Incidentally, of the structural elements shown in FIG. 1, the portion surrounded by a chain line may be constructed by a microcomputer.

Next, the detailed construction of the discrimination processing means 11 will be described hereinbelow. In the discriminating processing means 11, the azimuths are found and at the same time, discriminating and missing processings for the light beam reflectors 6 are carried out on the basis of the azimuths.

Referring to FIG. 2, the azimuths of the respective reflectors 6 are operated with respect to the advance direction of the moving vehicle 1 on the basis of a count value of the counter 9 in the azimuth operating means 23. In an azimuth storing means 35, one azimuth for a certain reflector 6 which is detected in the last cycle as well as another azimuth for the same reflector 6 which has been detected in the before-last cycle are stored.

More specifically, a pair of azimuths which were detected in the last and the before-last detection cycle are stored in the storing means 35 in respect of an azimuth θa for the reflector 6a located at reference point A, an azimuth θb for the reflector 6b located at reference point B, and an azimuth angle θc for the reflector 6c located at reference point C, respectively. Based on the last azimuth, a predictive azimuth which is to be detected in respect of some particular reflector 6 in the next step is operated in a predictive azimuth operating means 26 wherein the predictive azimuth has a predetermined range.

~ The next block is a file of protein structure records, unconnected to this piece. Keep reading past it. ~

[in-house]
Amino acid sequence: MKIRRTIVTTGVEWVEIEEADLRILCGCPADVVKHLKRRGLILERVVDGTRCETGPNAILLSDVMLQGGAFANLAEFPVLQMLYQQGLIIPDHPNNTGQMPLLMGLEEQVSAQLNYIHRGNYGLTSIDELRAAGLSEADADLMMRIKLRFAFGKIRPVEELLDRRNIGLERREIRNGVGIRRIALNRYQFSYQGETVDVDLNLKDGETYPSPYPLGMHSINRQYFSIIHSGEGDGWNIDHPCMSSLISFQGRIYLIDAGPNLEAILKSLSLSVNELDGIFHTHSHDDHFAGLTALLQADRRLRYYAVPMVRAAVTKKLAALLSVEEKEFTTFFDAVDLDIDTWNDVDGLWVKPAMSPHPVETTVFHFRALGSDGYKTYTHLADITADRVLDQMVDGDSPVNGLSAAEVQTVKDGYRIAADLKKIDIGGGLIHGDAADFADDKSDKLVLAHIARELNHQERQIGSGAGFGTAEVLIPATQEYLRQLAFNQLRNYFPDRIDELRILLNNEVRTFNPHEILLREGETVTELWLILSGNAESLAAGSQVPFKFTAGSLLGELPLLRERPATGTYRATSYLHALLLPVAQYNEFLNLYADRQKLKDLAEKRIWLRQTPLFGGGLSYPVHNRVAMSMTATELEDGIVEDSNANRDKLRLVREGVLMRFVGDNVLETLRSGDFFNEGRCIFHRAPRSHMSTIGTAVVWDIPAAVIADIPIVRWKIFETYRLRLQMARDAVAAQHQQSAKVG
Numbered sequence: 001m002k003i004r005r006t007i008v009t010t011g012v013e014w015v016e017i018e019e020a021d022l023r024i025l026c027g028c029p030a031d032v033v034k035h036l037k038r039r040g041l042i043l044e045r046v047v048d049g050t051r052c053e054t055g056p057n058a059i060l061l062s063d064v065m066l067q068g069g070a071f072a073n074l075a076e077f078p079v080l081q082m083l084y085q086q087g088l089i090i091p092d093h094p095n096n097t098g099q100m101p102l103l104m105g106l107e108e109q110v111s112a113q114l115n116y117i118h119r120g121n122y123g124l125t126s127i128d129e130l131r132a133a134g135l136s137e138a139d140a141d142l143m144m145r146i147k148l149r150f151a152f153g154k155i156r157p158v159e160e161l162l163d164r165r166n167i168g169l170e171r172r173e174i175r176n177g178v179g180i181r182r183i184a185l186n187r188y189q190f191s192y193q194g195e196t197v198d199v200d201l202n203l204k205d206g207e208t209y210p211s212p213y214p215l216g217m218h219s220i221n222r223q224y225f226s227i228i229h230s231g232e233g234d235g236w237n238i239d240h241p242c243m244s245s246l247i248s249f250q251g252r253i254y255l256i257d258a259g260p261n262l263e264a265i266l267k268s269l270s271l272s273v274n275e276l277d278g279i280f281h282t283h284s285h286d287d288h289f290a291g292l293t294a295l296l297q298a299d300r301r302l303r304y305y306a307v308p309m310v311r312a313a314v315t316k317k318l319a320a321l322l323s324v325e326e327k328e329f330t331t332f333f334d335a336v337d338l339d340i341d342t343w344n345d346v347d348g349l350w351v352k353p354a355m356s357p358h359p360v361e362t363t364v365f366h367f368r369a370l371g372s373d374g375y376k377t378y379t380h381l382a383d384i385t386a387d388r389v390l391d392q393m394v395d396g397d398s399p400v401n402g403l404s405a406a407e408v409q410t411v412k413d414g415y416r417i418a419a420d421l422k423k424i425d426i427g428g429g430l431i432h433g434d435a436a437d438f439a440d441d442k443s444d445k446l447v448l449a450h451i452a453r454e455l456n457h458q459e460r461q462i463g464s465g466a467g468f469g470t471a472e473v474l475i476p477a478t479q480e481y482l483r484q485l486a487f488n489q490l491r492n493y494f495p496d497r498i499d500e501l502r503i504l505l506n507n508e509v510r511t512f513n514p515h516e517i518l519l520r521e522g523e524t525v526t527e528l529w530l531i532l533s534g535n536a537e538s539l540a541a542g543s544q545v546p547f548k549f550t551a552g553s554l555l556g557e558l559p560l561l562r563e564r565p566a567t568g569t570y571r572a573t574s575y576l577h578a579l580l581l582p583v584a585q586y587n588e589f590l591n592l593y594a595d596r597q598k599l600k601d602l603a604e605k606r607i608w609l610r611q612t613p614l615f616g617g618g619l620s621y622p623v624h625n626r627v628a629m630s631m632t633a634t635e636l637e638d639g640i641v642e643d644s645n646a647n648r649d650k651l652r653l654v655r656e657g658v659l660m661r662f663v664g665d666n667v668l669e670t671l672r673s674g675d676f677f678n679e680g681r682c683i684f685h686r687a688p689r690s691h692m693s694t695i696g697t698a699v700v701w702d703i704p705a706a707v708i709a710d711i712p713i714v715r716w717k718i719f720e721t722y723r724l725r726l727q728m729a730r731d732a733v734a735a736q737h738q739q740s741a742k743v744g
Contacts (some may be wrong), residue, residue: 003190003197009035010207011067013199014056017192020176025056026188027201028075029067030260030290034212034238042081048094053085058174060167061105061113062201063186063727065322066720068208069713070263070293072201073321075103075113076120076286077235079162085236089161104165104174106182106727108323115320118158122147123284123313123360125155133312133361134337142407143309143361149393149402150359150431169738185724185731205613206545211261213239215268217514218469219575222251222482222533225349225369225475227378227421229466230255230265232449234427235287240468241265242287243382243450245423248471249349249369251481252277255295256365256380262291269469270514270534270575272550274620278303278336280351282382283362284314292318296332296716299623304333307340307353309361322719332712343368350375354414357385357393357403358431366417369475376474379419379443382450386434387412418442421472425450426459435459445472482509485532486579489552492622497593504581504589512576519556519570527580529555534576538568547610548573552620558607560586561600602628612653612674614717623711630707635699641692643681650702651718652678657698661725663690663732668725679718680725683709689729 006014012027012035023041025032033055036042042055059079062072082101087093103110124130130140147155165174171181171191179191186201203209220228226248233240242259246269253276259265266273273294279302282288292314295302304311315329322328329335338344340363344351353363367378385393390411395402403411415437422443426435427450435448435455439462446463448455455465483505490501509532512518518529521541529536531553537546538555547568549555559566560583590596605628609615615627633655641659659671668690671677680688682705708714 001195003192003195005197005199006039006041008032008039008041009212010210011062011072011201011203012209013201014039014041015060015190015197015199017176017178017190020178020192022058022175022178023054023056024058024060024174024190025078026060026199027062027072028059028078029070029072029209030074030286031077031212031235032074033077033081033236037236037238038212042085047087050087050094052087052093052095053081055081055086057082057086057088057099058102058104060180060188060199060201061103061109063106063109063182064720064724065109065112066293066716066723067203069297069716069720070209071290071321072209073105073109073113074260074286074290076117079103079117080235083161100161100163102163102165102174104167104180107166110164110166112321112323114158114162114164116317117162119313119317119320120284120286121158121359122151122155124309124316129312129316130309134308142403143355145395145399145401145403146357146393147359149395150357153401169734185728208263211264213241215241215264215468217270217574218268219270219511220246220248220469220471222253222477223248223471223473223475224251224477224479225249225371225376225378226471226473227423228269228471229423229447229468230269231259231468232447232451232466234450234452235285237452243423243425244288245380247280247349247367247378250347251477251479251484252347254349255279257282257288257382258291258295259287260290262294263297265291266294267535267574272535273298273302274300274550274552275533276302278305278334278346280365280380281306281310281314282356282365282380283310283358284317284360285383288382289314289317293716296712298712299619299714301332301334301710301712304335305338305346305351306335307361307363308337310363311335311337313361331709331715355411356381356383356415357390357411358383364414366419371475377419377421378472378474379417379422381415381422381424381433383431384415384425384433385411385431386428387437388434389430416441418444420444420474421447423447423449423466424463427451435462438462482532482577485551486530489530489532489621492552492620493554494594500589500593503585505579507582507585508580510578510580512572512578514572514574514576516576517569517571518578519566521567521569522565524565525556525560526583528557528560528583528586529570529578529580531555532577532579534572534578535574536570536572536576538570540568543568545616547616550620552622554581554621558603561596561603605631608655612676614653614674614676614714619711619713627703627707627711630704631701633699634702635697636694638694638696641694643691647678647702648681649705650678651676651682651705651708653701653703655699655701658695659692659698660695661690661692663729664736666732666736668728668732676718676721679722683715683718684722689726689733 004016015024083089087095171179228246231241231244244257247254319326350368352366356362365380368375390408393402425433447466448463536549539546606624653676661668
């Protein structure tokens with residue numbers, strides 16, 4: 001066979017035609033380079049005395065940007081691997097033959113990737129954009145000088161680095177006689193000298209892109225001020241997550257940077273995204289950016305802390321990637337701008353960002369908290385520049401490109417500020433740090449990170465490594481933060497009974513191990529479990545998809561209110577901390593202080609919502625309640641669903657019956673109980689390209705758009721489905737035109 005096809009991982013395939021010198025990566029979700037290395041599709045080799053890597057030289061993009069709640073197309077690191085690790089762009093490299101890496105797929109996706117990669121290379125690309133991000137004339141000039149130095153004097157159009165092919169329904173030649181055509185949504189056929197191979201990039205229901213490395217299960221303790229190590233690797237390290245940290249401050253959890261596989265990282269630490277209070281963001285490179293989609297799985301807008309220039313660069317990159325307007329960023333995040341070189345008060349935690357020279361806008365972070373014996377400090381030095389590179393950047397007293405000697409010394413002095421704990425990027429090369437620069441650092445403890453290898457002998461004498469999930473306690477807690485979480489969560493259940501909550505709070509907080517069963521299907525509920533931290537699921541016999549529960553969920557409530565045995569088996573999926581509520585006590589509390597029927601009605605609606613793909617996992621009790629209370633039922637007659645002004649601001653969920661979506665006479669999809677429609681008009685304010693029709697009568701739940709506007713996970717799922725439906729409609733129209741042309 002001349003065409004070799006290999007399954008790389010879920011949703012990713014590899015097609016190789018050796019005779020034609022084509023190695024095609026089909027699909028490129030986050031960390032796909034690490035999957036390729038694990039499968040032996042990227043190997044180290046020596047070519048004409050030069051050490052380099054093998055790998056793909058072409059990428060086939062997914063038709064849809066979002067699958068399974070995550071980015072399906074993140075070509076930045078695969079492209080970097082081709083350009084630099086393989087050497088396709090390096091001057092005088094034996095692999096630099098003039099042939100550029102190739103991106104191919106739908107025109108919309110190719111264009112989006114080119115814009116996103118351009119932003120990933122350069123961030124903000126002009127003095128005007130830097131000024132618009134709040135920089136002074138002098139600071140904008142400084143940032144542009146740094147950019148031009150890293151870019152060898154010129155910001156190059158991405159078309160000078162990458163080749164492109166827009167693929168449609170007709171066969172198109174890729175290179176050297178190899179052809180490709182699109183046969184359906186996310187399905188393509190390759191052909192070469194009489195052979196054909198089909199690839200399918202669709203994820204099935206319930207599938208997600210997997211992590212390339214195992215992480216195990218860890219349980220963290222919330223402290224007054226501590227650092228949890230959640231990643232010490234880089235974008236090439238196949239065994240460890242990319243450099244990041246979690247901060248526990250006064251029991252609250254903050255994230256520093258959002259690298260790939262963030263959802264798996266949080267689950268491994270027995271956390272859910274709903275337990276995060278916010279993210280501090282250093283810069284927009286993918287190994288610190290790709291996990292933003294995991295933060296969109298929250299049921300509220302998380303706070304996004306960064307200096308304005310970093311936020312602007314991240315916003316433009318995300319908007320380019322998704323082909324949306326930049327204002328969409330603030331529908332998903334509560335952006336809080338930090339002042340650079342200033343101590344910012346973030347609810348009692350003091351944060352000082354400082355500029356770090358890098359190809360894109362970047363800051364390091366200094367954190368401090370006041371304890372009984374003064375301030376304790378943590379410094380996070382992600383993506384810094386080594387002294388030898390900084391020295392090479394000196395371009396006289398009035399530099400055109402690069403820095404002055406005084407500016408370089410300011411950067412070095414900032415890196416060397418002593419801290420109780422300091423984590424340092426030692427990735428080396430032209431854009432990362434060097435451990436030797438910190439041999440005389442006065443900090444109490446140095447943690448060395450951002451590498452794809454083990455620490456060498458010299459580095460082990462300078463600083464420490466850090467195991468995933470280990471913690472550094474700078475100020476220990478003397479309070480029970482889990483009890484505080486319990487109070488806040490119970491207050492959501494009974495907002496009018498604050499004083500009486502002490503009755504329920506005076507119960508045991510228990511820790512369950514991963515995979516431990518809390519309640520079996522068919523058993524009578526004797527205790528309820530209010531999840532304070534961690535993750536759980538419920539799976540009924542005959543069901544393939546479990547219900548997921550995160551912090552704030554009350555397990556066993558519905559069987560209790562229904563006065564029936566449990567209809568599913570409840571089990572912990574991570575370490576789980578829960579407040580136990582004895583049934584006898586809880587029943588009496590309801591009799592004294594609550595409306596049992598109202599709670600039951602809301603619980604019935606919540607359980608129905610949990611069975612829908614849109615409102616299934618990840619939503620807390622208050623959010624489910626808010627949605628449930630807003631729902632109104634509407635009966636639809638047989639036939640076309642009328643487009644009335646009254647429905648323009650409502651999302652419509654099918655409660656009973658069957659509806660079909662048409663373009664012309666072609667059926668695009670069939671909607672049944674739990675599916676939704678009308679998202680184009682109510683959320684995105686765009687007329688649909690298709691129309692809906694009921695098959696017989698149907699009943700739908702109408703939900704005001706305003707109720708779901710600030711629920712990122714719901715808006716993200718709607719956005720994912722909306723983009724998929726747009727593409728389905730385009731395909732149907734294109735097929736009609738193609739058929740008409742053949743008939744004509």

In the discrimination means 24, the predictive azimuth is compared with the actual azimuth which has been operated by the azimuth operating means 23. Furthermore, to the discrimination means 24 are also inputted count values obtained from a pole counter 27 which is so constructed that the count values thereof are renewed to count values which are adapted to correspond to the respective reflectors 6 in every detection of the reflectors 6a-6c located at the reference points A, B and C, respectively, so that the counted values are compared with the predictive values.

In accordance with a comparative result of the predictive azimuth with the actual azimuth in the discrimination means 24 as well as a comparative result of the count values in the pole counter 27 with the predetermined numerical values, it is judged whether or not a signal detected in the beam receiver 3 is a real detection signal of the reflected light from the predictive reflector 6.

In the case when the reflected light from the expected reflector 6 is detected, a gate 12 is opened in response to a signal output "a" from the discrimination means 24, and as a result the actual azimuth is inputted to the differential azimuth operating means 10 and the position-advance direction operating means 13.